Seminar given by Hiroyuki Ito of the Department of Information and Communication Sciences, Faculty of Engineering, Kyoto Sangyo University to the Redwood Center for Theoretical Neuroscience at UC-Berkeley on March 24, 2008.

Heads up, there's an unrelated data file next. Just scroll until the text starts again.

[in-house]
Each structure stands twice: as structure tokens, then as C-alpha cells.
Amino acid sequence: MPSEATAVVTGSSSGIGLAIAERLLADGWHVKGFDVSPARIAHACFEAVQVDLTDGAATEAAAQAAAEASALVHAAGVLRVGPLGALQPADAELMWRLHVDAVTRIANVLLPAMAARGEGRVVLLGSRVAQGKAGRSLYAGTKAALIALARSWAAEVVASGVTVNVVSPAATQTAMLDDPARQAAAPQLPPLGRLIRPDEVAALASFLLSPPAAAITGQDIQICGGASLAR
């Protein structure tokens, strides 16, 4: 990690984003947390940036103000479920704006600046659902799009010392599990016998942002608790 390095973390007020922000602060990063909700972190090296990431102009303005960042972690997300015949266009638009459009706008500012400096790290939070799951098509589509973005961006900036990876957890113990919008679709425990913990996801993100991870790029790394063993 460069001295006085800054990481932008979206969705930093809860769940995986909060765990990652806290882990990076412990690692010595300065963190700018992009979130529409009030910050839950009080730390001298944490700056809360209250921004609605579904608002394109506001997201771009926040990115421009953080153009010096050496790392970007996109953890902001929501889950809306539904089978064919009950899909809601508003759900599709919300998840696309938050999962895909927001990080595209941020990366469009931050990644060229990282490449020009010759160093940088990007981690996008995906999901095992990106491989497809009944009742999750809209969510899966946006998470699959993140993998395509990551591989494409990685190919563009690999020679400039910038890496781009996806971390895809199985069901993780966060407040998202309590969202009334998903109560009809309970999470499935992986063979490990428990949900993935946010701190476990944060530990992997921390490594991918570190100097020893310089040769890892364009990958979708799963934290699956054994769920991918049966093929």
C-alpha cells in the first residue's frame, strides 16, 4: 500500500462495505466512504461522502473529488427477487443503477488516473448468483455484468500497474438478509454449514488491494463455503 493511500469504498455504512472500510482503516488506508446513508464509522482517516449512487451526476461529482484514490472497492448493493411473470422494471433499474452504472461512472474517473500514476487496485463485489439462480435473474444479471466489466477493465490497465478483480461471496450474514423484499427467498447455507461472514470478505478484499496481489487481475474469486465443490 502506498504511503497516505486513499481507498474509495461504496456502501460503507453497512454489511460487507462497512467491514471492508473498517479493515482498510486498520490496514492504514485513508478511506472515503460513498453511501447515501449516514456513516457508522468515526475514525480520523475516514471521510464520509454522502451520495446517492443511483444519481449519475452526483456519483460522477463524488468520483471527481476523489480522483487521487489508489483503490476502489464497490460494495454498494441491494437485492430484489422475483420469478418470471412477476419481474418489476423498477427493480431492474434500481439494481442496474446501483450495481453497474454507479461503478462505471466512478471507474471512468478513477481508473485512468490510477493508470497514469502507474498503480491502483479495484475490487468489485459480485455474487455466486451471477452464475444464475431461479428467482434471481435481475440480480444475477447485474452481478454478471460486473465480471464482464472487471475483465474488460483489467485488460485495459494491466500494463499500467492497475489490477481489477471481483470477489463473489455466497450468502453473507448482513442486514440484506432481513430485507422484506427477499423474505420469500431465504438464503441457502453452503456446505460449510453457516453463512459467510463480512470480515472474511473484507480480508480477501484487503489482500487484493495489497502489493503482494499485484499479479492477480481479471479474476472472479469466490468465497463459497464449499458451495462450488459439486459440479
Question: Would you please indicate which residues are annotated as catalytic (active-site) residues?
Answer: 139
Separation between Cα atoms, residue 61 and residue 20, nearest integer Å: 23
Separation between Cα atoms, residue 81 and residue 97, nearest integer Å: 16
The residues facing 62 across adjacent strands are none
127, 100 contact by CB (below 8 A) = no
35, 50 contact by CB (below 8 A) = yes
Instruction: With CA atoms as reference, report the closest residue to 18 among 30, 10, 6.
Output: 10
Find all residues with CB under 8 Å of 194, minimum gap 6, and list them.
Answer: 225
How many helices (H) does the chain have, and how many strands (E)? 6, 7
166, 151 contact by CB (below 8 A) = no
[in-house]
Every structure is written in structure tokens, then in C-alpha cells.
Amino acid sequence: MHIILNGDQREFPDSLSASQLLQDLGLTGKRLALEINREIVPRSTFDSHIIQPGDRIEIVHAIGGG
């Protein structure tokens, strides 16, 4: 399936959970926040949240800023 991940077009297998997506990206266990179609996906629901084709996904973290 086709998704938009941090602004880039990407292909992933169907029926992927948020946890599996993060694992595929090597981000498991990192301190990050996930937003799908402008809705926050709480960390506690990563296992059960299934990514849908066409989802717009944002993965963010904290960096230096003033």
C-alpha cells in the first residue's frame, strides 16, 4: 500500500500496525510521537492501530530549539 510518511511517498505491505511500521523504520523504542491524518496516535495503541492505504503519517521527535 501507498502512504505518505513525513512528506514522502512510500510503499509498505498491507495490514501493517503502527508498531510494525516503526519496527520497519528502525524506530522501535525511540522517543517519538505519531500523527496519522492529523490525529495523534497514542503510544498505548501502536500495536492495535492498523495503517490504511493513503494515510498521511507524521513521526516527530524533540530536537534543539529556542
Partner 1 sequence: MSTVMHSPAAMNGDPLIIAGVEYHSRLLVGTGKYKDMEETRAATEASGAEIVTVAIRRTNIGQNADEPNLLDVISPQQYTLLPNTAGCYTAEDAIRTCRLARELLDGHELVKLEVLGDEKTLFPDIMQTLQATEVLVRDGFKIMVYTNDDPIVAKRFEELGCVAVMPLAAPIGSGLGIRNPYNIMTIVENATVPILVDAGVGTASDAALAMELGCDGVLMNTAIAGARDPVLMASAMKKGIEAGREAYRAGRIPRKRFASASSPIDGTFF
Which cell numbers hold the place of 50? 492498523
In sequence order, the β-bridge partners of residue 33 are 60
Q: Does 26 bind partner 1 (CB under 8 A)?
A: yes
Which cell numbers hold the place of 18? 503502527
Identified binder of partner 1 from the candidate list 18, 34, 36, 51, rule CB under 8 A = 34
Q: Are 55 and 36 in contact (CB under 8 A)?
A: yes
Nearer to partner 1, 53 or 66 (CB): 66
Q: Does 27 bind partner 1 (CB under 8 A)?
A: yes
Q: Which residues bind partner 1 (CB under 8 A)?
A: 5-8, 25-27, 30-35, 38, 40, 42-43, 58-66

Precisely synchronized neuronal activity has been commonly observed in the mammalian visual pathway under a wide range of stimulus conditions. Analysis of this neural behavior has often assumed that synchronous firing is stationary and maintained throughout the period of visual stimulation. We tested this assumption by applying the method of Unitary Events Analysis to pairs of simultaneously recorded spike trains in the cat LGN that were stimulated with stationary spots of light. To evaluate the significance of synchronous spike events, we developed and applied a non-parametric bootstrap test. The analysis showed that 40% of single unit pairs displayed significant synchronous activity (unitary events). In many unit pairs, the unitary events were optimally characterized at a bin width of 1 ms, indicating neural synchrony having high temporal precision. Many cell pairs displayed significant modulation of synchrony that could not be predicted by the temporal modulation of firing rates. These findings demonstrate that stimulus-evoked synchronous activity within the LGN is highly dynamic, and is not well characterized by conventional methods of cross-correlation analysis.